(CNN)A year ago, Hurricane Maria tore into Puerto Rico, obliterating power grids, decimating farms, flattening homes and wrecking the local economy.
Meet the Puerto Rican sisterhood reinventing the island's future after Maria
Maria came on the heels of Hurricane Irma -- sister-storms that would forever change the fate of the island.
But even as Maria churned, another sister-storm raged on. This one involved a sisterhood of Puerto Ricans, some living on the island, others part of the diaspora in the US mainland.
Most of these women have never met, but together they display a raw human resolve capable of reinventing the island's future.
Right now they are rebuilding Puerto Rican homes, restoring farms, installing solar power grids and seeking to transform the local economy -- all motivated by a heartfelt wish for the island they call home to become whole again.
These are their stories.
Carla Gautier is an architect with a monumental function -- in the form of a shipping container.
Days after Hurricane María flattened thousands of homes in Puerto Rico, Gautier joined FEMA as a construction inspector.
"In most houses, the only thing standing was the toilet," Gautier told CNN.
Makeshift homes and bureaucracy collide
For generations, more than half of Puerto Ricans relied on informal construction to build affordable homes and bypass a costly, bureaucratic process. It was these homes that bore the brunt of María. About 300,000 dwellings suffered significant damage and some 70,000 of those were completely destroyed, according to the island's Housing Department. Without formal property deeds, home owners struggled to get federal aid. Money was tight.
"It was really frustrating," Gautier said. "I wanted to figure out a way to make a type of home construction that was accessible to everyone."
The answer: shipping containers.
A container built for hurricanes
"They are fabricated to withstand the worst atmospheric conditions, in the middle of the ocean, getting hit by waves and typhoons," said Gautier, who had seen firsthand this type of construction used successfully in Europe.
So she turned to lifelong friend Maria Gabriela Velasco, a psychologist and entrepreneur. Together they formed HiveCube to revolutionize the way Puerto Ricans build affordable homes.
"The median income on the Island is around $20,000, but the medium home value is about $100,000," said Velasco. "It's not enough. That's where we come in."
HiveCube's basic model is priced at $39,000. It includes two bedrooms, one bathroom and a kitchen-living area. They are compliant with US building codes and are ADA accessible. The entire structure, including the windows, can withstand a Category 5 hurricane with winds up to 175 miles per hour, assuming it is properly anchored to a foundation.
For an additional cost, the homes can be fitted with a solar power microgrid, rainwater collection and a sewage treatment system that doubles as a garden.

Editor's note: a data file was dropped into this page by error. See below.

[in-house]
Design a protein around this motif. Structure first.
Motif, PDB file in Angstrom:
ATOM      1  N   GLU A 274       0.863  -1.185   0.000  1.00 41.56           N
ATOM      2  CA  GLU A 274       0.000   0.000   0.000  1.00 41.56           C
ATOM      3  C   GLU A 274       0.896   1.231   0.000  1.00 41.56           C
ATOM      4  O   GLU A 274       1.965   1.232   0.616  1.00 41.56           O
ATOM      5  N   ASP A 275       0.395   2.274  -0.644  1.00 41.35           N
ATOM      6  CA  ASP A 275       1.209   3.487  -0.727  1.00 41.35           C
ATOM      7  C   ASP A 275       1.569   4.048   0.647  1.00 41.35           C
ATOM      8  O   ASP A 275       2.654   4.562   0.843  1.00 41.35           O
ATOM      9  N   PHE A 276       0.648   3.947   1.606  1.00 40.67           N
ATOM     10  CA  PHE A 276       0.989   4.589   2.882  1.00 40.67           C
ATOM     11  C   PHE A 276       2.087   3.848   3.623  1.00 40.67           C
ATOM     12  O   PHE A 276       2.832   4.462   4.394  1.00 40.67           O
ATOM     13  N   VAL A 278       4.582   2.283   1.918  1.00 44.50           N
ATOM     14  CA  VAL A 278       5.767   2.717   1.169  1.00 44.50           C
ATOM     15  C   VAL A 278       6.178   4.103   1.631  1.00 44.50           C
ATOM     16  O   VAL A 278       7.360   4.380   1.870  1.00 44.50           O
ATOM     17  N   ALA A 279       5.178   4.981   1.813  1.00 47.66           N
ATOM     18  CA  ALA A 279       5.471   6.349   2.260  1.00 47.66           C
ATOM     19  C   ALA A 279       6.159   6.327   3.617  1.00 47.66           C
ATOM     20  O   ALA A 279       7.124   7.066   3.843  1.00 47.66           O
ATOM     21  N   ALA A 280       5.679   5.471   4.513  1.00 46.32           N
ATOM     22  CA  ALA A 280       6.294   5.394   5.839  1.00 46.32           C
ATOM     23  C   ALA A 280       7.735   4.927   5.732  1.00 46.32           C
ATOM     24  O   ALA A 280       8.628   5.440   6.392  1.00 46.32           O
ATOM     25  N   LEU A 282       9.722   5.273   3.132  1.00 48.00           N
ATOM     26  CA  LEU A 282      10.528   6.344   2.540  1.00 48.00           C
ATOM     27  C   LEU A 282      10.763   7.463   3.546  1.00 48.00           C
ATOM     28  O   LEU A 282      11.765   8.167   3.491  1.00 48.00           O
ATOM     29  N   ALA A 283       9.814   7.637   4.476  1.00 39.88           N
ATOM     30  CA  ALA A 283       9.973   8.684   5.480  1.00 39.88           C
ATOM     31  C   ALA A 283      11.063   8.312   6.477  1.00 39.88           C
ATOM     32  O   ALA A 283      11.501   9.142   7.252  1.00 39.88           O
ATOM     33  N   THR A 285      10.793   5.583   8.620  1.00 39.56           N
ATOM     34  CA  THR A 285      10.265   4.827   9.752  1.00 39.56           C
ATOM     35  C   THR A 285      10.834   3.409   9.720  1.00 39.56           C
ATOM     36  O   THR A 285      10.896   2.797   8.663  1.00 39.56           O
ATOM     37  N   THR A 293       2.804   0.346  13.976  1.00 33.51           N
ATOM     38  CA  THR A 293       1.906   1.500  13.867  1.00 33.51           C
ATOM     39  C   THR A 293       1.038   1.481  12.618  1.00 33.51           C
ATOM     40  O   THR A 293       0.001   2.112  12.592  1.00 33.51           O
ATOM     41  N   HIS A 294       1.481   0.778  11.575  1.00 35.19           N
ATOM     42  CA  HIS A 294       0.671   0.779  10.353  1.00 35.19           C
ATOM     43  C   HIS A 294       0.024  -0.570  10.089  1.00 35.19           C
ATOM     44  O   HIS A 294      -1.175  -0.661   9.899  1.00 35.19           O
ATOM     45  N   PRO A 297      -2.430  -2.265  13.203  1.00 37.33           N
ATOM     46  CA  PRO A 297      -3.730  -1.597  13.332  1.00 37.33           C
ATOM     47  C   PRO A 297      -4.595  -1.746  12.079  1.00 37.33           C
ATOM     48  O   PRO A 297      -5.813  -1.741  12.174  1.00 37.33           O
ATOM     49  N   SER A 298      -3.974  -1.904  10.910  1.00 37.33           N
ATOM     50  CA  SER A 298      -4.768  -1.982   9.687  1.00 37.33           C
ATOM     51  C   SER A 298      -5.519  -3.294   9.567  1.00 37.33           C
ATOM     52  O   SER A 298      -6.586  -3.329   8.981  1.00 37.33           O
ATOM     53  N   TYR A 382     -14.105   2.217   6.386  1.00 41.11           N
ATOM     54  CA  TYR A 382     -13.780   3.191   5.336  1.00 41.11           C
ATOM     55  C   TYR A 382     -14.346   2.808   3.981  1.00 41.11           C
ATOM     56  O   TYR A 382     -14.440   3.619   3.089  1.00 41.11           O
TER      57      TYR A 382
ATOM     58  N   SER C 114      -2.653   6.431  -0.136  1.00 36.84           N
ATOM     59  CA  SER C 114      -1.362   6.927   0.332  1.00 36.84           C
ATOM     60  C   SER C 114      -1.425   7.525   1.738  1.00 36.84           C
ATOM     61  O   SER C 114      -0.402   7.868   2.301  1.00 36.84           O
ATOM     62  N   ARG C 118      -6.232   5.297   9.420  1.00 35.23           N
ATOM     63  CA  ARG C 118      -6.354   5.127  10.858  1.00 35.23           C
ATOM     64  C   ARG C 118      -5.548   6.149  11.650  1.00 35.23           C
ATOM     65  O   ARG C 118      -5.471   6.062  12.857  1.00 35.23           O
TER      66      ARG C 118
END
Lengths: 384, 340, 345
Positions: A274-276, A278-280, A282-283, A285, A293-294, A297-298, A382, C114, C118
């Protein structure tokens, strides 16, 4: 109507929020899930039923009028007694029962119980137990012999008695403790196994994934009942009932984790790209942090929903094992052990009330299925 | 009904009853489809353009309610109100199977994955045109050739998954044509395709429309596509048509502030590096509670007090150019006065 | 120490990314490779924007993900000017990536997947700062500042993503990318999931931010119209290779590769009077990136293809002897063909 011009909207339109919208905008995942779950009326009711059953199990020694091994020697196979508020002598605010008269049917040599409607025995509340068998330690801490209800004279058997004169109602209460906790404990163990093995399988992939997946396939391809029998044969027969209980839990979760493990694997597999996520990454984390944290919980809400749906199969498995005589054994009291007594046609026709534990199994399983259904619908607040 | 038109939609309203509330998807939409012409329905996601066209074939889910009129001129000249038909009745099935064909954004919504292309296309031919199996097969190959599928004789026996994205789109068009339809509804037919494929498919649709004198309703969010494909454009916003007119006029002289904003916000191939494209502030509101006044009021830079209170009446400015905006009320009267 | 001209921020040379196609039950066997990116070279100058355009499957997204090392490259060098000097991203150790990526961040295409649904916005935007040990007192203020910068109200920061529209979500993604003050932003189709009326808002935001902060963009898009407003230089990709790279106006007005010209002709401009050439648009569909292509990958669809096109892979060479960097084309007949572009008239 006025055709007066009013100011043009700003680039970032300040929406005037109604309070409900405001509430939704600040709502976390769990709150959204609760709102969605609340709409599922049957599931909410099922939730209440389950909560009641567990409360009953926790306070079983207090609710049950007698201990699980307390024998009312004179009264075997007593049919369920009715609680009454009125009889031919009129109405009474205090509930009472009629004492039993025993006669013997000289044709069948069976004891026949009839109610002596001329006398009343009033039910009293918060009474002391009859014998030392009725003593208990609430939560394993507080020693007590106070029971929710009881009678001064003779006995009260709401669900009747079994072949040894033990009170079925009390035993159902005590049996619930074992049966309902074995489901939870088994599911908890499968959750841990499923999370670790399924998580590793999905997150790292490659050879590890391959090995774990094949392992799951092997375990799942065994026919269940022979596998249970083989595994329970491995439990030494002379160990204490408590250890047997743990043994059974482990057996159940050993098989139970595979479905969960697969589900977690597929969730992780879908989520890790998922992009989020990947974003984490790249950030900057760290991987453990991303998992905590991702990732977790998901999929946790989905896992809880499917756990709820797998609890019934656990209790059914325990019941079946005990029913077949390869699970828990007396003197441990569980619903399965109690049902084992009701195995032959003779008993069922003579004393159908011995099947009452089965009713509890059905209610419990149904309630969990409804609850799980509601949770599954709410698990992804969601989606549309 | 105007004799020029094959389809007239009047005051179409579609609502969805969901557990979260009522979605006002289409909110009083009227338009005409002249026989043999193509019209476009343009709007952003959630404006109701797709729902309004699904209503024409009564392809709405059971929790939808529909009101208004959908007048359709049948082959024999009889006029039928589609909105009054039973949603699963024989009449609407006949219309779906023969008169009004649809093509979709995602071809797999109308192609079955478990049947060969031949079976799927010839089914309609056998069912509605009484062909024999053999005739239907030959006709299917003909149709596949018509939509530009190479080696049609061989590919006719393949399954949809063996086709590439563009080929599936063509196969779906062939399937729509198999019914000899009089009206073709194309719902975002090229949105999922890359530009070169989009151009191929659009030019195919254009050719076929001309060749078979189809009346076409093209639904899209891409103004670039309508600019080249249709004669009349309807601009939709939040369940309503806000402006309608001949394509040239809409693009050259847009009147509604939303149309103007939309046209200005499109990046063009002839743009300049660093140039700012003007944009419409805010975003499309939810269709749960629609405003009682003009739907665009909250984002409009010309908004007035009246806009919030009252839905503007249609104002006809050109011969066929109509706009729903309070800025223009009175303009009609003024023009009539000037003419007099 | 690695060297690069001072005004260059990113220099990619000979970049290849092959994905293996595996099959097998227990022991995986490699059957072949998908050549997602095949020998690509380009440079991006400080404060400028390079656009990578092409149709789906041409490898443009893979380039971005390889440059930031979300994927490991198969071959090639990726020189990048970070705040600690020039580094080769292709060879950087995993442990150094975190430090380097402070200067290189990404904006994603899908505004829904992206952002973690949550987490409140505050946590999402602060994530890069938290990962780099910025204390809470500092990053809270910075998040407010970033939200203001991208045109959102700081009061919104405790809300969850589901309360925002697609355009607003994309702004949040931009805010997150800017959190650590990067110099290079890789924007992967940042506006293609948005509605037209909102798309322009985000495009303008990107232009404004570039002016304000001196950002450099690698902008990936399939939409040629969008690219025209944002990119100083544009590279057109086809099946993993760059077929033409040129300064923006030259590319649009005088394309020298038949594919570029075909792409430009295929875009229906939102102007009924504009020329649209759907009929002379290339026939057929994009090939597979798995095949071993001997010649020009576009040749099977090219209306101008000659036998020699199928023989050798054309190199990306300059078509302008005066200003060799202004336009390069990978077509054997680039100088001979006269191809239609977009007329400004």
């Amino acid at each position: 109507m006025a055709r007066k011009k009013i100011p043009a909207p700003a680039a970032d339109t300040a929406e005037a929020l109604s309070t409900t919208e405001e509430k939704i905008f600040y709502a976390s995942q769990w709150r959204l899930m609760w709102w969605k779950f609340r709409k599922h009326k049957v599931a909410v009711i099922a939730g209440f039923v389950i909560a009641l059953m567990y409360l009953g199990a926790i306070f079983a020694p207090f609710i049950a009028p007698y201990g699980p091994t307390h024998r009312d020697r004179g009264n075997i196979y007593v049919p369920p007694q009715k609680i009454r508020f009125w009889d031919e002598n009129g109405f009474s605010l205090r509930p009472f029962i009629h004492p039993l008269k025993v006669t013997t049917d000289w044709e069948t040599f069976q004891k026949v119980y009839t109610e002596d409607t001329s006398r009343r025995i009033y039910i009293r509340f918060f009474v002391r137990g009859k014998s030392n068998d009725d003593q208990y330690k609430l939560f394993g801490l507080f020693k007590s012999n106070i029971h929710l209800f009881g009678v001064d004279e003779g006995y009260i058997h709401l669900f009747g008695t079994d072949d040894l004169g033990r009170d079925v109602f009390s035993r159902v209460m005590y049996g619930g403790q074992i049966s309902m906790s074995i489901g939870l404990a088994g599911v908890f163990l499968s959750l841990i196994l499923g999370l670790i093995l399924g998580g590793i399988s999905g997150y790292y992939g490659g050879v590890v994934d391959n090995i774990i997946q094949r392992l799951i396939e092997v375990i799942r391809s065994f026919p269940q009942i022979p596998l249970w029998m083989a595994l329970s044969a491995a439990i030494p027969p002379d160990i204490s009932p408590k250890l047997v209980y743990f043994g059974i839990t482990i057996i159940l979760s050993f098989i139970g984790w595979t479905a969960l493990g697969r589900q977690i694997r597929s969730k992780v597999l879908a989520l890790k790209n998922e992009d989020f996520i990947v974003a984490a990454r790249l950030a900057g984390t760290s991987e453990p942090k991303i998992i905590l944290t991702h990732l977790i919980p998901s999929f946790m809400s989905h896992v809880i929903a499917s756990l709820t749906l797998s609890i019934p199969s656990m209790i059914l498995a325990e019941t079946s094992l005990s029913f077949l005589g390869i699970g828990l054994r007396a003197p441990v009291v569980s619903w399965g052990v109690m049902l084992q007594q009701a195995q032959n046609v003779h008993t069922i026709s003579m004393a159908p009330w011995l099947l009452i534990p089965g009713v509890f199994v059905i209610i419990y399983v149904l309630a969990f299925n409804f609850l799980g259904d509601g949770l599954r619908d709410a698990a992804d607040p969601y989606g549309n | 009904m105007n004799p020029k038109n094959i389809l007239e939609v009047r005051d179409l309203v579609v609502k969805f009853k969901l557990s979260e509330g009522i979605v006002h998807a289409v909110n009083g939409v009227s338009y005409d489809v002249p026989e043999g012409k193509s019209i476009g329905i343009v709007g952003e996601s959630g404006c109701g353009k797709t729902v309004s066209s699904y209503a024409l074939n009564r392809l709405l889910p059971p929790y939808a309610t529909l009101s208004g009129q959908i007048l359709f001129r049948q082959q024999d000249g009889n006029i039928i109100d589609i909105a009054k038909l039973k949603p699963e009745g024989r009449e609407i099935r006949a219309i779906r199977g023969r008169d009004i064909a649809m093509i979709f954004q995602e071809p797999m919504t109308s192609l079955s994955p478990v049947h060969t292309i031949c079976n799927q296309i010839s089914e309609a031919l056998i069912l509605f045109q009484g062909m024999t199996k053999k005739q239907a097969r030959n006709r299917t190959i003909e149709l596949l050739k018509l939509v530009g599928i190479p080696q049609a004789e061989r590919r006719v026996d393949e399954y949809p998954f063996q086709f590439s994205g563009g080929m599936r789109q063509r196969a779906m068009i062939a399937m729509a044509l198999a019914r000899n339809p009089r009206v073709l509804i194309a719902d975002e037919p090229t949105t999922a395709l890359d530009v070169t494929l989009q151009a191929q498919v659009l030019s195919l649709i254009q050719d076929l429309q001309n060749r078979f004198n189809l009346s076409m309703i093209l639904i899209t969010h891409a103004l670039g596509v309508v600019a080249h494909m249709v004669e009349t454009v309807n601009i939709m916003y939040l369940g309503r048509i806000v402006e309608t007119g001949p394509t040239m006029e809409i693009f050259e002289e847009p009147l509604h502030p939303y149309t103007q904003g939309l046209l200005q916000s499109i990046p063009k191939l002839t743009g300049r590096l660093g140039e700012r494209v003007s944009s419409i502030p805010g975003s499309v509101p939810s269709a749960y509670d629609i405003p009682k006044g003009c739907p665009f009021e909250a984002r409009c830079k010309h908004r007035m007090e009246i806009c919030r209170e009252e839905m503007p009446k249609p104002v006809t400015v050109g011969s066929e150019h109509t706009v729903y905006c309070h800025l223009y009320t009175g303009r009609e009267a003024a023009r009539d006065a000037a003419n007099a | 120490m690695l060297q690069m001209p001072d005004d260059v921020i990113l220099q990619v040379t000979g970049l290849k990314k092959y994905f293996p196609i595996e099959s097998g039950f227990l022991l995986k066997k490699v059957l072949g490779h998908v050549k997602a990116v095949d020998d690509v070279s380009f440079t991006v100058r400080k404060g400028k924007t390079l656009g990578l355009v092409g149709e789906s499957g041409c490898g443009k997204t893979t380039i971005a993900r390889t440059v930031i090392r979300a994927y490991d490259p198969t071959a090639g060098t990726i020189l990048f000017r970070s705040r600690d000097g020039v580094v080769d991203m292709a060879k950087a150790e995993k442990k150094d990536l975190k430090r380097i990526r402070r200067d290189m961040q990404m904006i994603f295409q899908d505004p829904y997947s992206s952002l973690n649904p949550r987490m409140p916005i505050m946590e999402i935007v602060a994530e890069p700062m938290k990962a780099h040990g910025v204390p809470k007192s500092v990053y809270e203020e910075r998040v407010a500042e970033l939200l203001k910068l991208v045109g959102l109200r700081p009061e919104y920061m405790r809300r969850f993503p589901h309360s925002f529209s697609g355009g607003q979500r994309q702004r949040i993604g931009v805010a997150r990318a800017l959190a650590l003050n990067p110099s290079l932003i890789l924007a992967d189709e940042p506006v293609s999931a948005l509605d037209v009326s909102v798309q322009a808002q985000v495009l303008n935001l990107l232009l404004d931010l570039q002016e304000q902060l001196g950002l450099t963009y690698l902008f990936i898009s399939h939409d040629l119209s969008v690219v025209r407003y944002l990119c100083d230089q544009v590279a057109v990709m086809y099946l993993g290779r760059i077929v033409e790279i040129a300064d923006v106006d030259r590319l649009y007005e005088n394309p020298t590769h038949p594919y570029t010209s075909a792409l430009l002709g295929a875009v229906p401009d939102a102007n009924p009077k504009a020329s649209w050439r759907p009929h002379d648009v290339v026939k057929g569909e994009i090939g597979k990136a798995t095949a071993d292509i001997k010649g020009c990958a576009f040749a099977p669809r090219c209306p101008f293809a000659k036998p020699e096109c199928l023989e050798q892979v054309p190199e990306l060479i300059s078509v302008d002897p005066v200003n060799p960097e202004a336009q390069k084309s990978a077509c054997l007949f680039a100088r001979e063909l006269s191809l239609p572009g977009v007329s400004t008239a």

"The 'plano modelo,' or basic model, can be placed anywhere on the island and is considered safe housing that meets all construction codes," says Velasco.
HiveCube is now taking orders from homeowners who can afford the units without financing and is in the process of securing an owner-financing plan with local banks.
Next in line is an assembly plant.
"We are trying to establish a manufacturing facility in Puerto Rico to create jobs," said Velasco. "Our goal is to build about 100 'hives' a month through a prefabrication process."
Not "playing house"
Out of María's rubble, Gautier and Velasco have created a bold new vision for affordable housing on the island. But even as they rack up awards and accolades, some only see two girls playing construction.
"Sometimes when I'm in the field buying materials I have to find ways to get the men to understand I'm the one who is making the decisions," Gautier told CNN. "They want me to call the architects or the engineer or my boss. And I have to be like, 'No, I'm the boss.'"
Despite the chauvinism they've experienced, the women remain undaunted.
"We want to build a stronger and better Puerto Rico," said Velasco. "Having a financially accessible home and knowing that your family is safe gives you peace of mind."
Puerto Rican farmer and activist Tara Rodriguez Besosa was stuck in New York City when María hit the island. For weeks she received no word about her family, friends or her restaurant, El Departamento de la Comida (The Food Department), a spot where local produce was the main dish."Our restaurant got flooded and we lost everything," she later found out.
In Colorado, Rodriquez Besosa's friend Irene Vilar was equally desperate and farther from home.
"During that time, we were thinking, what can we do?" Vilar told CNN.
For inspiration, she turned to the wisdom of her grandmother, legendary Puerto Rican nationalist Lolita Lebrón.
Seeds of renewal
"I had these flashbacks to my grandmother," Vilar said, "telling me 'If Puerto Ricans can feed themselves, if we can achieve food sovereignty, maybe one day we can have our 'patria,' our own country.' She was old-school."
So Vilar put out a call for seeds through her nonprofit, Americas for Conservation and the Arts.
"It was overwhelming, we had so many seeds we didn't know what to do with them."
Vilar, working with Rodriguez Besosa, launched the Resilience Fund, a two-year campaign to restore 200 farms destroyed by María.
"The idea was to prevent a second collapse of the food system," explained Vilar.
Using a network of nonprofits and Puerto Ricans in the diaspora, the women bought a used school bus, which they named the Gua